Liked by 1 person

  2. Corina says:

    I’m stuck with the book tossing situation right now. I started reading a book that is definitely not my taste in genres but it was because I was asked to read it and post a review as the author has no reviews anywhere right now. Well, half way into it I want to just chuck it. I’m thinking any honest review I have to write about it would not help sell any books! So I have to figure out how to say that nicely to this person.

    Liked by 1 person

    • Lily says:

      Ohhhh, that is a tough position to be in. I’ve been asked to do that before, and while I can’t say I *lied* exactly, I definitely played up the aspects I liked. GOOD LUCK!


  3. gekitsu says:

    curse my scatterbrainedness! late again.

    re heroes: i’d say story heroes and know-them-in-person heroes are two very different things. with story heroes, we tend to go for the big, visible and heroic things. vanquishing the galactic empire. destroying the one ring. nonviolent civil disobedience as a means of rebellion. opposing nuclear weapons.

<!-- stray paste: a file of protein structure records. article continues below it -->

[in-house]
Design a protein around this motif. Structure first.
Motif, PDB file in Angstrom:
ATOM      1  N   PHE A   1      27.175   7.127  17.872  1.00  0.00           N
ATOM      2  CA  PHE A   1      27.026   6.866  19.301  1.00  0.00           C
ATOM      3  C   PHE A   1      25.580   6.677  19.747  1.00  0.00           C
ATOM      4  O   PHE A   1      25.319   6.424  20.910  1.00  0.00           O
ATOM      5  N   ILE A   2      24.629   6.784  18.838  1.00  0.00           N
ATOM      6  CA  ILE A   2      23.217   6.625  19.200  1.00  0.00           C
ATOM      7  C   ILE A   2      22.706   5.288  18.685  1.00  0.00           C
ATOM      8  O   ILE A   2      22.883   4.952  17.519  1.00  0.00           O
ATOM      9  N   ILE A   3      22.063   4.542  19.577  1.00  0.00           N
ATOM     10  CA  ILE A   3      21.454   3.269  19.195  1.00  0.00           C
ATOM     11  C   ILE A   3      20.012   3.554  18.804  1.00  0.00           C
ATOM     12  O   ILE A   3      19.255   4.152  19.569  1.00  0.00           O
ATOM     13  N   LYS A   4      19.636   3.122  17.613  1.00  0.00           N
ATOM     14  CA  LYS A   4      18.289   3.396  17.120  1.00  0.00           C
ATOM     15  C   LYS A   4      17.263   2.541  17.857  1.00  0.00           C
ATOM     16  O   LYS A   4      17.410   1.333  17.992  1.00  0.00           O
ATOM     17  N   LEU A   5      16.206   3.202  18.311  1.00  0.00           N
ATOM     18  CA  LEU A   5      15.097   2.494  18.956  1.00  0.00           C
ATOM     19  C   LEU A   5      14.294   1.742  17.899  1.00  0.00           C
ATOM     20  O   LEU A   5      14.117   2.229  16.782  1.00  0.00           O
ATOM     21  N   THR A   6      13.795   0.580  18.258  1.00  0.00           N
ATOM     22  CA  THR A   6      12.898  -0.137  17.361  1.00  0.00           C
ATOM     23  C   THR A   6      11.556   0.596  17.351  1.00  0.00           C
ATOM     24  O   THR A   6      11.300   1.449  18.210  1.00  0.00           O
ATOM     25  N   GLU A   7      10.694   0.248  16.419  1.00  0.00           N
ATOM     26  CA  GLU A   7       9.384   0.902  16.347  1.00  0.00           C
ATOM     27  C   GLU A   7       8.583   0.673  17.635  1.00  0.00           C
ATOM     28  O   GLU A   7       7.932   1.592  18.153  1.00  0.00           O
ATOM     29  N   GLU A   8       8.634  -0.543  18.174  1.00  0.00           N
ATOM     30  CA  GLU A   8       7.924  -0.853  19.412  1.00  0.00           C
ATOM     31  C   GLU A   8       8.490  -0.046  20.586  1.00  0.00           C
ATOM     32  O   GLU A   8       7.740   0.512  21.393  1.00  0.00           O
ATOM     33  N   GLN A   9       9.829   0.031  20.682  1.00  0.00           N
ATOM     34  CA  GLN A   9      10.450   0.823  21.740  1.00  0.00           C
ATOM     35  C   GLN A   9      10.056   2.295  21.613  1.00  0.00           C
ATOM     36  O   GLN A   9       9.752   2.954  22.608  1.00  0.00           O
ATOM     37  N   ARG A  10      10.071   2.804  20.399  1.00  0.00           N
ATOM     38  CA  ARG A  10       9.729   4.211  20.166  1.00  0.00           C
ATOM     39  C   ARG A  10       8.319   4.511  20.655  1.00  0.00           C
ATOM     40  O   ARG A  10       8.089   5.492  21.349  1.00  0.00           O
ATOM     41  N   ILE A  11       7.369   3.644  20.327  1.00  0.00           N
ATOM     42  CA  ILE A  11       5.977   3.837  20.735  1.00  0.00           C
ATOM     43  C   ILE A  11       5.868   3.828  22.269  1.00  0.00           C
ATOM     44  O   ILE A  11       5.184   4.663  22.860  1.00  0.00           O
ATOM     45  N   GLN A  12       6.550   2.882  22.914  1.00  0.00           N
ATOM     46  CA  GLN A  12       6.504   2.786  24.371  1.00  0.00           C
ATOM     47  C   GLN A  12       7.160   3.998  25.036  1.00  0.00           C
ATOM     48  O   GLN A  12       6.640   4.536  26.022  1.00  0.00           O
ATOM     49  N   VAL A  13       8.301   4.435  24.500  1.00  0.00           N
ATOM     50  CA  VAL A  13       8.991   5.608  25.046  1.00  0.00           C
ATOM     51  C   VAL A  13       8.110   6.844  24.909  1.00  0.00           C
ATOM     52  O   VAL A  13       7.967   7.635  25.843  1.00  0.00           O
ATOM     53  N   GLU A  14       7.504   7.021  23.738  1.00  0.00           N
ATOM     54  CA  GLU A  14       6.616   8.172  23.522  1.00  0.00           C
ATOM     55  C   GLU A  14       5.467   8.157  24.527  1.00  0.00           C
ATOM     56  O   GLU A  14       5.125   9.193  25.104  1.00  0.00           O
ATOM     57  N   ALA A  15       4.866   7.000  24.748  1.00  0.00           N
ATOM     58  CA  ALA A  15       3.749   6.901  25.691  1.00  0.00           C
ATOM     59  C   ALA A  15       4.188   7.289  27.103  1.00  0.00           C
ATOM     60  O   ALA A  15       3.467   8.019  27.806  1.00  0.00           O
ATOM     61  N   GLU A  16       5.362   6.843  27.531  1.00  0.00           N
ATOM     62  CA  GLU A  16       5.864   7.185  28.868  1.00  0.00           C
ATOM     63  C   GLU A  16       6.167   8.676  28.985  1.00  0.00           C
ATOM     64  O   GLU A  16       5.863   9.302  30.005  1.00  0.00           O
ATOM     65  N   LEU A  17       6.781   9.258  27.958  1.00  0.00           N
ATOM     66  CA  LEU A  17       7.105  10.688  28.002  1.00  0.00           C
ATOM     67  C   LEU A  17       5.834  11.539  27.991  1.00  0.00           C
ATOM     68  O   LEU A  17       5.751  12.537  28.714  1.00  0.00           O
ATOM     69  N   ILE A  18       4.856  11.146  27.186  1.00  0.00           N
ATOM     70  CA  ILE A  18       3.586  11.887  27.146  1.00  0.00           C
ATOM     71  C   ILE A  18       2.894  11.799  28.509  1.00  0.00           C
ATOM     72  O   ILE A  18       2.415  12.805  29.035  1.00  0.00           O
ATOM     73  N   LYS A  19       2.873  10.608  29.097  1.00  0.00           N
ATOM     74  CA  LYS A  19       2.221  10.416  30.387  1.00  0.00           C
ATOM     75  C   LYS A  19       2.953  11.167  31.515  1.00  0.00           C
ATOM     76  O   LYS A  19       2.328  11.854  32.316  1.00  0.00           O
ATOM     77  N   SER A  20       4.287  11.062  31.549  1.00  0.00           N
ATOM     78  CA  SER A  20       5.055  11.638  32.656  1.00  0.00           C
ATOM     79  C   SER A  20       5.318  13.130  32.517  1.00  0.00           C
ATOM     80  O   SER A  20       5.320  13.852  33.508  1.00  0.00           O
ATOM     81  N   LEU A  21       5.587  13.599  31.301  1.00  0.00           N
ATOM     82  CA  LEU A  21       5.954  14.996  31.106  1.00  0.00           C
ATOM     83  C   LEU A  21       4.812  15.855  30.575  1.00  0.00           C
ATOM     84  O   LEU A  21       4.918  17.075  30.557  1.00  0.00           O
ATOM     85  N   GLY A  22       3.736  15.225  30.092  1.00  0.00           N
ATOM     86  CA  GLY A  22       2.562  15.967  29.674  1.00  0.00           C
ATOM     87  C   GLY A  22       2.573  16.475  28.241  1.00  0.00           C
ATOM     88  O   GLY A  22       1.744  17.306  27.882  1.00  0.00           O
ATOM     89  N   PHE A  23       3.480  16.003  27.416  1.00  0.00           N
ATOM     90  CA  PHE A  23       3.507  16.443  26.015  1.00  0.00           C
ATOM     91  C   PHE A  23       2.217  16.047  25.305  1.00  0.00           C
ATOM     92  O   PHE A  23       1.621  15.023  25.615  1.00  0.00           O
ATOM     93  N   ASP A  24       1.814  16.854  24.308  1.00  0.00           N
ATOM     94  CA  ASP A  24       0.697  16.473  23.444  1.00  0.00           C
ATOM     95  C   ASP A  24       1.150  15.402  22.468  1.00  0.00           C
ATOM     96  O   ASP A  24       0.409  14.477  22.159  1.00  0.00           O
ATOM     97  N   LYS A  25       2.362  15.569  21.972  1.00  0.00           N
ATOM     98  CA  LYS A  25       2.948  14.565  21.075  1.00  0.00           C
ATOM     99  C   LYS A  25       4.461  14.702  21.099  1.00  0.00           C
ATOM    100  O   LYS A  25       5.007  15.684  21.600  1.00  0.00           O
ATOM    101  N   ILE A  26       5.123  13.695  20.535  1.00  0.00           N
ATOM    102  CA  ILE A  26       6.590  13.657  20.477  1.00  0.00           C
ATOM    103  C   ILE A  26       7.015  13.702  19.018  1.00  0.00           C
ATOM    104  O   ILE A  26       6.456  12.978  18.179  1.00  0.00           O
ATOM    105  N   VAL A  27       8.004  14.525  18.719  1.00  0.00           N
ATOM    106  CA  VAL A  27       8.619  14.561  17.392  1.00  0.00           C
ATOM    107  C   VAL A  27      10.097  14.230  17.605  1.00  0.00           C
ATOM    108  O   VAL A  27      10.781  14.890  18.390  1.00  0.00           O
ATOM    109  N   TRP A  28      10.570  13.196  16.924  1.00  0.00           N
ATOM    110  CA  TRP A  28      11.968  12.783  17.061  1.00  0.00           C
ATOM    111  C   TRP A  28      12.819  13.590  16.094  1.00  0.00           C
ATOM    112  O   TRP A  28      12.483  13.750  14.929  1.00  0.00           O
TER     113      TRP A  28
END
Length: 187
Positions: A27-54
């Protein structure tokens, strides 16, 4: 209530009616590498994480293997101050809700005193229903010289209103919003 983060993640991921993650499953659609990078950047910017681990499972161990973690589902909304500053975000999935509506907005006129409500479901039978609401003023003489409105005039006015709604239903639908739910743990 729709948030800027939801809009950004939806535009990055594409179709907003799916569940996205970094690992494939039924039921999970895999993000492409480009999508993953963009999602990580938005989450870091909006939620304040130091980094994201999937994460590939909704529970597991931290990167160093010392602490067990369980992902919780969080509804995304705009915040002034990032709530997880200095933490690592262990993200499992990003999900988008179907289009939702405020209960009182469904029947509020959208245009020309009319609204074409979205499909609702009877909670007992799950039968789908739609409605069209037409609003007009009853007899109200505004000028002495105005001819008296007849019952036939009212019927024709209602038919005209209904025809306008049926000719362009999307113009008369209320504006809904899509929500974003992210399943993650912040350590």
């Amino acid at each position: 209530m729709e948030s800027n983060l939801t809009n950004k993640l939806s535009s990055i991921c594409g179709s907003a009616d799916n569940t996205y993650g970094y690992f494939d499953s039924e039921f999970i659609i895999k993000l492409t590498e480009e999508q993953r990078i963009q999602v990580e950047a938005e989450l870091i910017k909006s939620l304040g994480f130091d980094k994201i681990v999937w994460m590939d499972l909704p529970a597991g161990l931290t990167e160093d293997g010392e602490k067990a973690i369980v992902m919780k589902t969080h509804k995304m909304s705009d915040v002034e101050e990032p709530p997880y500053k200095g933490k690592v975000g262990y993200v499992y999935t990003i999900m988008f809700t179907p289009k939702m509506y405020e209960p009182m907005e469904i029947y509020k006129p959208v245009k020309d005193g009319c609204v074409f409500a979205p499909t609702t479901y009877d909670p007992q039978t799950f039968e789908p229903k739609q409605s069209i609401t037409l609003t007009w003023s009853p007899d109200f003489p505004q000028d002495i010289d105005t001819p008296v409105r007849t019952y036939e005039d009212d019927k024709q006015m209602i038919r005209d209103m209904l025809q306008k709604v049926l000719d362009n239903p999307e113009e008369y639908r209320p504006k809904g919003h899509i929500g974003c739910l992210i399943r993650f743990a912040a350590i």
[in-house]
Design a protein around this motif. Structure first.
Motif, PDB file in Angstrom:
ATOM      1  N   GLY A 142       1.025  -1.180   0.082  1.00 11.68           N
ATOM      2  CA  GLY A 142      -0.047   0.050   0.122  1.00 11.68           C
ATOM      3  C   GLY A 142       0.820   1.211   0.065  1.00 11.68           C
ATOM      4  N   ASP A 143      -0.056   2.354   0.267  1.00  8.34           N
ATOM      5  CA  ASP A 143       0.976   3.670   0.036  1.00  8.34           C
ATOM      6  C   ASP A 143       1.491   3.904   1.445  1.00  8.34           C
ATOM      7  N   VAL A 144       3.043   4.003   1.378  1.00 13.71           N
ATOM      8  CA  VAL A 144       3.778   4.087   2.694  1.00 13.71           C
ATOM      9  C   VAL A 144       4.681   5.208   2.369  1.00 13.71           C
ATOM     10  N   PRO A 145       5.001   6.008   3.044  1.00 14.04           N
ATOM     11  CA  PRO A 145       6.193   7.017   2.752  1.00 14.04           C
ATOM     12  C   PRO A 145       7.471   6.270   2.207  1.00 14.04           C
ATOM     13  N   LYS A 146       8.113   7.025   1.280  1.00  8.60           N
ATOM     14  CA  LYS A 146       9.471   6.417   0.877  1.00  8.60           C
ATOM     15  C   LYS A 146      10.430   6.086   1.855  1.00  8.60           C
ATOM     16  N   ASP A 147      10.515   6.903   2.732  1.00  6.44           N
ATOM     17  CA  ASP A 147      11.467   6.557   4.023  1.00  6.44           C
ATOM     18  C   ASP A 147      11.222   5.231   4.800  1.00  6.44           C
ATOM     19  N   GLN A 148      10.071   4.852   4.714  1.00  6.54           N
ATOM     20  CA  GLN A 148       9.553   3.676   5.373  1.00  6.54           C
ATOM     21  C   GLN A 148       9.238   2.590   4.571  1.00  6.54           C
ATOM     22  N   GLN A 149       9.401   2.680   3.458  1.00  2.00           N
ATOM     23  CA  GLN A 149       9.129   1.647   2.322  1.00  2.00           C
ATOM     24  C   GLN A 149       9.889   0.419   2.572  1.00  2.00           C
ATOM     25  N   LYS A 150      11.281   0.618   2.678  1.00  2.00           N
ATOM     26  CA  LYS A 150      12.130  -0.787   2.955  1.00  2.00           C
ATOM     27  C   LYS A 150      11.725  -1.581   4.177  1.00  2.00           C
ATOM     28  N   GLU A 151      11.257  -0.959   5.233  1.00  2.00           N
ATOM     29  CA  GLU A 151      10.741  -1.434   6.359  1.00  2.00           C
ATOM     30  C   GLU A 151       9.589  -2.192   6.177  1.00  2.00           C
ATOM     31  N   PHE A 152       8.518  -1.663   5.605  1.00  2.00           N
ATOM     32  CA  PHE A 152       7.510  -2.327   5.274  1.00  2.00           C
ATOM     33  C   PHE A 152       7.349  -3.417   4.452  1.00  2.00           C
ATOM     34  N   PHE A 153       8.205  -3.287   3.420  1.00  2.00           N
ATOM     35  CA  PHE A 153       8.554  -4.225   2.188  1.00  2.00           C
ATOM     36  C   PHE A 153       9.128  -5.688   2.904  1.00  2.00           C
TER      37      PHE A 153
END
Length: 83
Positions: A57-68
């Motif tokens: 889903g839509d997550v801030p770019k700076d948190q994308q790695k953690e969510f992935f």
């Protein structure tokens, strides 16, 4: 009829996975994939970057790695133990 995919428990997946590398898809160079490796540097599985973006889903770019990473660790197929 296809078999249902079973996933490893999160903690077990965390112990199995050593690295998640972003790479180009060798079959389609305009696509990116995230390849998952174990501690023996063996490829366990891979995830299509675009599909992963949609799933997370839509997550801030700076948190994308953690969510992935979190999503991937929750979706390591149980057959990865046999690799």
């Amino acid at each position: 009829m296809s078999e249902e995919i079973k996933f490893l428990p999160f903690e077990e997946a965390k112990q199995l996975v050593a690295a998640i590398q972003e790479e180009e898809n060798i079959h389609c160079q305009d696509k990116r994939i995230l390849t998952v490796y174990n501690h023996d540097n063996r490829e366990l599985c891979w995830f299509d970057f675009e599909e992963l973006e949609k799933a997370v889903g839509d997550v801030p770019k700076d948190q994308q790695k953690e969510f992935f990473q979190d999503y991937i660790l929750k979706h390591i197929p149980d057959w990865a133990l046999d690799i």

for the heroes we know in person, i find it’s easier to notice how heroism can come in small packages, hidden in the everyday, not flashy, not big, and sometimes also not “expensive” as in requiring big sacrifices or taking a big risk, but just quietly doing what’s right by one’s conviction and making the world a better place.
    interestingly enough, these two types of heroes don’t imply whether they are fictional or not. a big number of real-life heroes we only know through stories, just the same as fictional heroes. after all, fiction and reality intersect in myth, which is a quite tolkienish observation, i believe. 🙂